In part 1, “The Stars & The Osprey,” Lightman undergoes functional magnetic resonance imaging and interviews neuroscientist Robert Desimone about how much neuroimaging can tell us about Lightman’s transcendental experience. He ultimately finds this approach unsatisfying and introduces viewers to the debate between mechanists, who believe that the laws of physics, chemistry, and biology are sufficient to explain life, and vitalists, who believe that living creatures are imbued with an additional spiritual quality not explainable by science.
Here, he interviews biologist and Nobel laureate Jack Szostak and the Dalai Lama as proponents of these two camps, respectively. Although the Dalai Lama expresses enthusiasm for scientific investigation, most scientists will likely resonate with Szostak’s declaration that “It’s not just atoms and molecules, it’s the organization…it’s no less wonderful or beautiful because we understand that there is a natural origin for [life].”
Part 2, “The Big & The Small,” begins with the familiar “powers of 10” view of the Universe, moving from the subatomic to the galactic. Lightman then queries what such explorations have to do with consciousness, conversing with BINA48, an extraordinary humanoid robot programmed by artificial intelligence with >100 hours of a real woman’s memories. Here, he speculates that BINAs of the future may achieve consciousness. He then probes this issue over Zoom with the Dalai Lama, whom viewers observe watching a movie of BINA48 conversing with the woman from whom BINA48 was programmed; this multilayered interaction is simultaneously disconcerting, comical, and wondrous. After additional interviews with a bioethicist, a rabbi, and others, Lightman ultimately concludes that we may be just atoms and molecules, but, in the words of Emily Dickinson, “The brain is wider than the sky.”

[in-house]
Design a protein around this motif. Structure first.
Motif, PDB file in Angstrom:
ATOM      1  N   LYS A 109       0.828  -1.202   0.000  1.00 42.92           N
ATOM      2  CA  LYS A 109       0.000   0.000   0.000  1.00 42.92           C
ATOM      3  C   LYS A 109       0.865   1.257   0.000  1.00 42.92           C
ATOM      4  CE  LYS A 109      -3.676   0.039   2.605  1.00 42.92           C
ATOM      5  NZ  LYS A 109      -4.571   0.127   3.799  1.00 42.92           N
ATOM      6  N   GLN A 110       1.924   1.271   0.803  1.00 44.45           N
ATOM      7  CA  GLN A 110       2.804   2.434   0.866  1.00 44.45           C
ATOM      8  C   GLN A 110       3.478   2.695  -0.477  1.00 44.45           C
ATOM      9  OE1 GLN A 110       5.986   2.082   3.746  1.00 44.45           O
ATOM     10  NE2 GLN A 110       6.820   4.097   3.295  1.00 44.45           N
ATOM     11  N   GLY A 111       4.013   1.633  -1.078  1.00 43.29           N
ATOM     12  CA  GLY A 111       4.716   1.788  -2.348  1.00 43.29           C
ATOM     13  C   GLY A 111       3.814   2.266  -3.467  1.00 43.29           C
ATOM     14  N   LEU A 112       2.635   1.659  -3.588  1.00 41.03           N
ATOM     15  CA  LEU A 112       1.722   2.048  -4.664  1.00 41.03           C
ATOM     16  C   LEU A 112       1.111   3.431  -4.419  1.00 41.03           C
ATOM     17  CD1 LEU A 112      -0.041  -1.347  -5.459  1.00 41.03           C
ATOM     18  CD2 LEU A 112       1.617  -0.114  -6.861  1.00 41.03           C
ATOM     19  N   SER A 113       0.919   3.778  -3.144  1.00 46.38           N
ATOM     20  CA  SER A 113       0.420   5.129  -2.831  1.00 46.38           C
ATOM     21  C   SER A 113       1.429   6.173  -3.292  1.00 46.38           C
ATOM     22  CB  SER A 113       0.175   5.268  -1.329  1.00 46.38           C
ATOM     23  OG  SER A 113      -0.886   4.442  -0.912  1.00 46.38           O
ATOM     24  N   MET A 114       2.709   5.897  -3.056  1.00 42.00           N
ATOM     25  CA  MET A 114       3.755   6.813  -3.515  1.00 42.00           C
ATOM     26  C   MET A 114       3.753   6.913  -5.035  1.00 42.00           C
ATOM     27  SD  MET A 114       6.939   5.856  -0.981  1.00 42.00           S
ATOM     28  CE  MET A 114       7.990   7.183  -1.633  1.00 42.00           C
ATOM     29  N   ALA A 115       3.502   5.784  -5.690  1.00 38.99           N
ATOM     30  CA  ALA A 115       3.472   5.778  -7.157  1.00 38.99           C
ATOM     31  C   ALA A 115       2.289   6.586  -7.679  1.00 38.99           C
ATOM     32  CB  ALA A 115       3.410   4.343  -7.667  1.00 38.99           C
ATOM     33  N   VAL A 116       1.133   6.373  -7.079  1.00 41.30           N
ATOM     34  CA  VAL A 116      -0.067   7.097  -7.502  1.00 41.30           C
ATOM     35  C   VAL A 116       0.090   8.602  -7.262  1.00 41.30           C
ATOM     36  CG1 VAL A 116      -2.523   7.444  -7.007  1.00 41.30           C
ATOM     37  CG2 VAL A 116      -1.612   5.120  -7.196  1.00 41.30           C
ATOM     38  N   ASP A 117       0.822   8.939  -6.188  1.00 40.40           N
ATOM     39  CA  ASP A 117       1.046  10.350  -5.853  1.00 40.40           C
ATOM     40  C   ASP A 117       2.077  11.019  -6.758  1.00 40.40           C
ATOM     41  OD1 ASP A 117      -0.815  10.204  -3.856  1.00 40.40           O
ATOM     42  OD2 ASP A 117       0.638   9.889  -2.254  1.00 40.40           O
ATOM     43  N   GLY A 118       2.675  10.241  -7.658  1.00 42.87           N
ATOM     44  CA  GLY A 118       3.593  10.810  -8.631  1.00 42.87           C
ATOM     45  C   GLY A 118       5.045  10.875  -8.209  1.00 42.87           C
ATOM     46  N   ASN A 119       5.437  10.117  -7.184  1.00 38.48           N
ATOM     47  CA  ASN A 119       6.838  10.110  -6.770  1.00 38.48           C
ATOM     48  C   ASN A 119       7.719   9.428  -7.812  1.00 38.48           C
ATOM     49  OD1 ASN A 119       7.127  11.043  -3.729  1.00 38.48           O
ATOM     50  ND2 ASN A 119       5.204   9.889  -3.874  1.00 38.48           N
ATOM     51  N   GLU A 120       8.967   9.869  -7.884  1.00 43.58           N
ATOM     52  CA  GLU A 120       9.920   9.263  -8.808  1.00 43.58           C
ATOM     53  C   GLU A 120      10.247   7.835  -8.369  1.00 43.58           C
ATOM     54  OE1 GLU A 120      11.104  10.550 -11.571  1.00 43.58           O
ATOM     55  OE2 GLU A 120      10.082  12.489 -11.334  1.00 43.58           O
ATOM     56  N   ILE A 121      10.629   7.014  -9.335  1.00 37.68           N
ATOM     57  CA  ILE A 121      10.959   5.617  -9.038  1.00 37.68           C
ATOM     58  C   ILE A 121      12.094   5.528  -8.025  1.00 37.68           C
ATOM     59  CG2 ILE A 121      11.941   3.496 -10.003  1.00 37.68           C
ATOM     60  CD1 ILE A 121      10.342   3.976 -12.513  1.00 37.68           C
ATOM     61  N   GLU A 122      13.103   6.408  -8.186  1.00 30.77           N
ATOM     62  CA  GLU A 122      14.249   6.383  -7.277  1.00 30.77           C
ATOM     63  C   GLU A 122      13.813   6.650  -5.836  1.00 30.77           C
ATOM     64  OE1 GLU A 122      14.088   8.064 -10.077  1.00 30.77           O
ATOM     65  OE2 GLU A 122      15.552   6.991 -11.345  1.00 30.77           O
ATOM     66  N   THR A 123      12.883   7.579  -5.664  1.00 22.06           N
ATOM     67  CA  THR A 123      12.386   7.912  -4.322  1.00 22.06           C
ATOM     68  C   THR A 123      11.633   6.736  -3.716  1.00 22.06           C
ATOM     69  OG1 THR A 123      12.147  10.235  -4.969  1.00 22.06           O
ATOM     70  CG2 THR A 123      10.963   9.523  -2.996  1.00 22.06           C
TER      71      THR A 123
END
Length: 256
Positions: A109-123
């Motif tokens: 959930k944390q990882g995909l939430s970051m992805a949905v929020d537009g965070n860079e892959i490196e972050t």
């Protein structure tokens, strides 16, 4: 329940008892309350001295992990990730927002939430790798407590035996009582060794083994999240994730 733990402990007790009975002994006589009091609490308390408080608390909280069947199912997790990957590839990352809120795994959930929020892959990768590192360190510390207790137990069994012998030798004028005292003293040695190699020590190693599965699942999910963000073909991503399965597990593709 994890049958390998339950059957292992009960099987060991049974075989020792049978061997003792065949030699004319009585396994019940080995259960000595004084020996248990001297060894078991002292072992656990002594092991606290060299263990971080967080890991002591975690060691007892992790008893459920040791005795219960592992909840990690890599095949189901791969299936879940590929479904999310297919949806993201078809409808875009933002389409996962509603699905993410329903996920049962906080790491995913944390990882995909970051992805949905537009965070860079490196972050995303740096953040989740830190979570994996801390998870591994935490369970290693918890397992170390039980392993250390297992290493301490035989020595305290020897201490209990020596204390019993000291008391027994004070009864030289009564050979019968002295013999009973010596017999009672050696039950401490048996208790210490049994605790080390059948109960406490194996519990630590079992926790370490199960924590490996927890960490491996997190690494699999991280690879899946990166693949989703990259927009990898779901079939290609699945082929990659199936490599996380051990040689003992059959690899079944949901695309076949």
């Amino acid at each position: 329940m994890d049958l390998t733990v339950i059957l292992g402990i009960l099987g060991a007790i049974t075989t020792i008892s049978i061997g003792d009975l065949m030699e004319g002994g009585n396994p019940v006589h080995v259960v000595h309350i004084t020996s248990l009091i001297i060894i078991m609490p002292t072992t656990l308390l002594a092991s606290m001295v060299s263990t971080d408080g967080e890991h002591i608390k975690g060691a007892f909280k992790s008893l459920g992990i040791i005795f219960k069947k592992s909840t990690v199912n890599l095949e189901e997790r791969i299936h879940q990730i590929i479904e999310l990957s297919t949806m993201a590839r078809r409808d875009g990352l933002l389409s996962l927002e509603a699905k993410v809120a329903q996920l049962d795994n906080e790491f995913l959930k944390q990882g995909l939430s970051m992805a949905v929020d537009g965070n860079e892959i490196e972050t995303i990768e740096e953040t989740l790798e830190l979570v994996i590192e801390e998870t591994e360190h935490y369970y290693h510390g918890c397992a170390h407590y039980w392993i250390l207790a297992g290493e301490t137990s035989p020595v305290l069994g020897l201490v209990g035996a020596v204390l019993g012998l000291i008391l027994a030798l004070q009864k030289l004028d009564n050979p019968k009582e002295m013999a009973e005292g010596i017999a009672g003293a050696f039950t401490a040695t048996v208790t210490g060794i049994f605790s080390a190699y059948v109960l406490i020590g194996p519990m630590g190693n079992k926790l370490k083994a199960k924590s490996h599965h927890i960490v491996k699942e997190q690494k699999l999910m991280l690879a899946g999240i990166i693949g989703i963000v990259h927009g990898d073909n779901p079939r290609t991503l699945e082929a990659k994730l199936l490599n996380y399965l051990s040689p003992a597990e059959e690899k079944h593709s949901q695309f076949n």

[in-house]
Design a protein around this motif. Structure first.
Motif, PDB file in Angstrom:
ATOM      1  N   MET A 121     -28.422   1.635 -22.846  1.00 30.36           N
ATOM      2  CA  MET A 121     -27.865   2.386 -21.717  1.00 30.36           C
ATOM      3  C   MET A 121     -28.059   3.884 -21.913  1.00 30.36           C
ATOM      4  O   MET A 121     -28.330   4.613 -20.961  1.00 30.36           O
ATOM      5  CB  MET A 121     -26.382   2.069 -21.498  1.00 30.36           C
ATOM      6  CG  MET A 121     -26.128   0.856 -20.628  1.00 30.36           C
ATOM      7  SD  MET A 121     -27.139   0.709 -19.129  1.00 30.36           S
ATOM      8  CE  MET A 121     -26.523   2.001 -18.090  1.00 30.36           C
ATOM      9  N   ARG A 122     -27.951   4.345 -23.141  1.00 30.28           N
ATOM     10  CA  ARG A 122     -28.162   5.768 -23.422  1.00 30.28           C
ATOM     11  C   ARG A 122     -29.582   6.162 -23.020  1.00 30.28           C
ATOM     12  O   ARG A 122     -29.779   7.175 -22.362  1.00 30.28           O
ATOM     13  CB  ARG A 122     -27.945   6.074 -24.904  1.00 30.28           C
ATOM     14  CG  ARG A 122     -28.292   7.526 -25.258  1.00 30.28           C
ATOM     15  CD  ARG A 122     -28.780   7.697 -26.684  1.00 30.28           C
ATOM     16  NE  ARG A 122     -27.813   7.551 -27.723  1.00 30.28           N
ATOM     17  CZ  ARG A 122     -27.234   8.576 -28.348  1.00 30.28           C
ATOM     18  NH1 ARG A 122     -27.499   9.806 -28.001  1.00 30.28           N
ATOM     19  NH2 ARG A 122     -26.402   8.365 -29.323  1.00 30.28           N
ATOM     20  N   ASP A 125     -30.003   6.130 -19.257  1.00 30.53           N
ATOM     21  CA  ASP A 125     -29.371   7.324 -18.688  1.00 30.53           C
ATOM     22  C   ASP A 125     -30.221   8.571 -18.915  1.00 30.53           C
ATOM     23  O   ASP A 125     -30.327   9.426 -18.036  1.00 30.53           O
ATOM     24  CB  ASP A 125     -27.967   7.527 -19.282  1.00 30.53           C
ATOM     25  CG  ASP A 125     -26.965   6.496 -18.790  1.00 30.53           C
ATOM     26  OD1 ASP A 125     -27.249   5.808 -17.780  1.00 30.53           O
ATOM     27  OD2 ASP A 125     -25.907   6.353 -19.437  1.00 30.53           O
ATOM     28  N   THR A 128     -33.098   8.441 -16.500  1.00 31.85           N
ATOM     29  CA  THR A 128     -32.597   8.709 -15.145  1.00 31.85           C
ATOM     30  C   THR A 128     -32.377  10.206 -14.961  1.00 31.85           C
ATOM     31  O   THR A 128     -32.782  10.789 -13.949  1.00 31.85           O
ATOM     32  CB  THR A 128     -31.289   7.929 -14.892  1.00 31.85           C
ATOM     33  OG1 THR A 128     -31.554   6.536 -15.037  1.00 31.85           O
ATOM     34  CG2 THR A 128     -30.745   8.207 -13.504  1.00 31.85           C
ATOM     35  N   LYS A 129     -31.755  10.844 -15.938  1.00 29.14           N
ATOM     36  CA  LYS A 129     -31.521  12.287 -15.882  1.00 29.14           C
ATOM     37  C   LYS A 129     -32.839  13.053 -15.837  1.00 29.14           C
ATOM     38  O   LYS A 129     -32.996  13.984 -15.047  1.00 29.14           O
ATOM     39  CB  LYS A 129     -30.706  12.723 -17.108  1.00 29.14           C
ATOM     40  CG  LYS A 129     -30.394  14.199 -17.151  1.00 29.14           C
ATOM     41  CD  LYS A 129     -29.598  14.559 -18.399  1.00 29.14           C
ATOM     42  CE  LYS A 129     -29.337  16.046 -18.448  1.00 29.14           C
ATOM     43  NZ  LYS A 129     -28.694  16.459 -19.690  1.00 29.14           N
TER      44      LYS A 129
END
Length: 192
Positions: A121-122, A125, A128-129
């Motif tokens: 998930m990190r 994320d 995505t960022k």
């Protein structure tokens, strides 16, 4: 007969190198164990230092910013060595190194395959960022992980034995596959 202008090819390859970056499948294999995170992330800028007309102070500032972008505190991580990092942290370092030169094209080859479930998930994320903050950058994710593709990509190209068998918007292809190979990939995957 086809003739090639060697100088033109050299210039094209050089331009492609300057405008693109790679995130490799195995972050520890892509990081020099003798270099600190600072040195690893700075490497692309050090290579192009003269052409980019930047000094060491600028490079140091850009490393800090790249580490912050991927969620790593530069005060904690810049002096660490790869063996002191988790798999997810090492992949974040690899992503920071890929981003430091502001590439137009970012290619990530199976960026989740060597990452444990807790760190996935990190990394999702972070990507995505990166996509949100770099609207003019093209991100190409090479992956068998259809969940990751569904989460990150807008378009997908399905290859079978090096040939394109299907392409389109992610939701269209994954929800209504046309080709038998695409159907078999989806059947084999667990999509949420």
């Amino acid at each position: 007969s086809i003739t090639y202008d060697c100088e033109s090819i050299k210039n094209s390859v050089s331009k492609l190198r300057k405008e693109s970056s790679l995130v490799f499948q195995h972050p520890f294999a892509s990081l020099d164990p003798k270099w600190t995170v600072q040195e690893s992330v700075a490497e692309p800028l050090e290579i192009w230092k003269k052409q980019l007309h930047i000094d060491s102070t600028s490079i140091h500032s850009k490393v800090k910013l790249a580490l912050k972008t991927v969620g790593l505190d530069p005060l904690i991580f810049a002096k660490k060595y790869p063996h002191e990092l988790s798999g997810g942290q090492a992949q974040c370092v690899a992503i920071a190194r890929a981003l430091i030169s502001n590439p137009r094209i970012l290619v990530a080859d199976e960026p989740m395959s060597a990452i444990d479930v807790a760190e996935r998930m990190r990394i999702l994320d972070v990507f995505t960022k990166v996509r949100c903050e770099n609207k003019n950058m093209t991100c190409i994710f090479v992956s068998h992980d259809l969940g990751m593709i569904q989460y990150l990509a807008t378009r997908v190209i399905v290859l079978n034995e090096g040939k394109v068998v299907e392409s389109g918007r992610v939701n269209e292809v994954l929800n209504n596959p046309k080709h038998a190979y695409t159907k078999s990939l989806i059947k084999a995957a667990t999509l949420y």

In part 3, “Homo Techno,” Lightman contemplates our inner world of perception, consciousness, and self-awareness. He meets Erik Sorto, who lost all movement from the neck down after being shot in the back. With electrodes implanted into his posterior parietal cortex and 2 years of training, Sorto learned to control the movement of a robotic arm by thought. This is an extraordinary achievement, and Lightman posits that it is an example of the beginning of our transition from Homo sapiens into Homo techno, part-human, part-machine entities that reflect the modification of human evolution by technological means. From an actual evolutionary biology standpoint, this is nonsensical, and it is unclear that Lightman even means to propose such an idea, but this section’s loose language will rankle some viewers.
At another point in the series’ final episode, Lightman finds himself dizzy from talk of neurons and galaxies and takes refuge in closely examining a single square inch of earth. His biophilia is obviously meaningful to him, and it would have been stimulating had the episode included interviews with an evolutionary biologist or naturalist, who might have helped to better articulate this facet of the human experience. The series closes, appropriately, with philosophical musings about the need for each of us to find meaning for ourselves.
A small problem at the outset is the inherent impossibility of conveying transcendence through description—the degree to which viewers relate to Lightman’s moment of enlightenment will depend on their own experiences and inclinations. Additionally, Lightman’s screen persona leaves something to be desired. There are, however, few people better qualified to explore these issues, and as the series progresses, his humanity shines through, bringing a welcome lightness to some potentially ponderous material.
Despite its focus on phenomena currently unexplainable by science, Searching is full of the joy and passion that can be found in the doing of science and succeeds in conveying how deeply meaningful science is to its practitioners. It is well worth your time and is especially recommended to families with kids curious about life and our world.